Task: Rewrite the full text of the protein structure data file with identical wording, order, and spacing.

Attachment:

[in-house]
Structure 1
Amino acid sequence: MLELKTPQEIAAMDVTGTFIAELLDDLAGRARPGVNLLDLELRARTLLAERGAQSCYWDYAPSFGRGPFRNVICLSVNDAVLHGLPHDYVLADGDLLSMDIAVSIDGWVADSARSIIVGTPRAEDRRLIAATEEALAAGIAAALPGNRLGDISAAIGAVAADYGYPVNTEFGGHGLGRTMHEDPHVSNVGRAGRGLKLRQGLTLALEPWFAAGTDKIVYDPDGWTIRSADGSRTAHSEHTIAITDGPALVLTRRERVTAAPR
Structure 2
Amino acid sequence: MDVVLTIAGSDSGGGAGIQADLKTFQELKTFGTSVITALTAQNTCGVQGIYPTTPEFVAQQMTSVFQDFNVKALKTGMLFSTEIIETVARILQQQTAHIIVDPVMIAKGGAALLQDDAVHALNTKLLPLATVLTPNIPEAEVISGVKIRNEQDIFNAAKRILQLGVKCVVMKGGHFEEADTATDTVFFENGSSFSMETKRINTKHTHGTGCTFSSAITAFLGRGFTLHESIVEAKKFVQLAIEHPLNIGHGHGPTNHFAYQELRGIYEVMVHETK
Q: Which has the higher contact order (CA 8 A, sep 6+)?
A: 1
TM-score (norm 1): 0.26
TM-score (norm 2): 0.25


[in-house]
Structure 1
Amino acid sequence: MLELKTPQEIAAMDVTGTFIAELLDDLAGRARPGVNLLDLELRARTLLAERGAQSCYWDYAPSFGRGPFRNVICLSVNDAVLHGLPHDYVLADGDLLSMDIAVSIDGWVADSARSIIVGTPRAEDRRLIAATEEALAAGIAAALPGNRLGDISAAIGAVAADYGYPVNTEFGGHGLGRTMHEDPHVSNVGRAGRGLKLRQGLTLALEPWFAAGTDKIVYDPDGWTIRSADGSRTAHSEHTIAITDGPALVLTRRERVTAAPR
Structure 2
Amino acid sequence: MDVVLTIAGSDSGGGAGIQADLKTFQELKTFGTSVITALTAQNTCGVQGIYPTTPEFVAQQMTSVFQDFNVKALKTGMLFSTEIIETVARILQQQTAHIIVDPVMIAKGGAALLQDDAVHALNTKLLPLATVLTPNIPEAEVISGVKIRNEQDIFNAAKRILQLGVKCVVMKGGHFEEADTATDTVFFENGSSFSMETKRINTKHTHGTGCTFSSAITAFLGRGFTLHESIVEAKKFVQLAIEHPLNIGHGHGPTNHFAYQELRGIYEVMVHETK
Q: Which has the higher contact order (CA 8 A, sep 6+)?
A: 1
TM-score (norm 1): 0.26
TM-score (norm 2): 0.25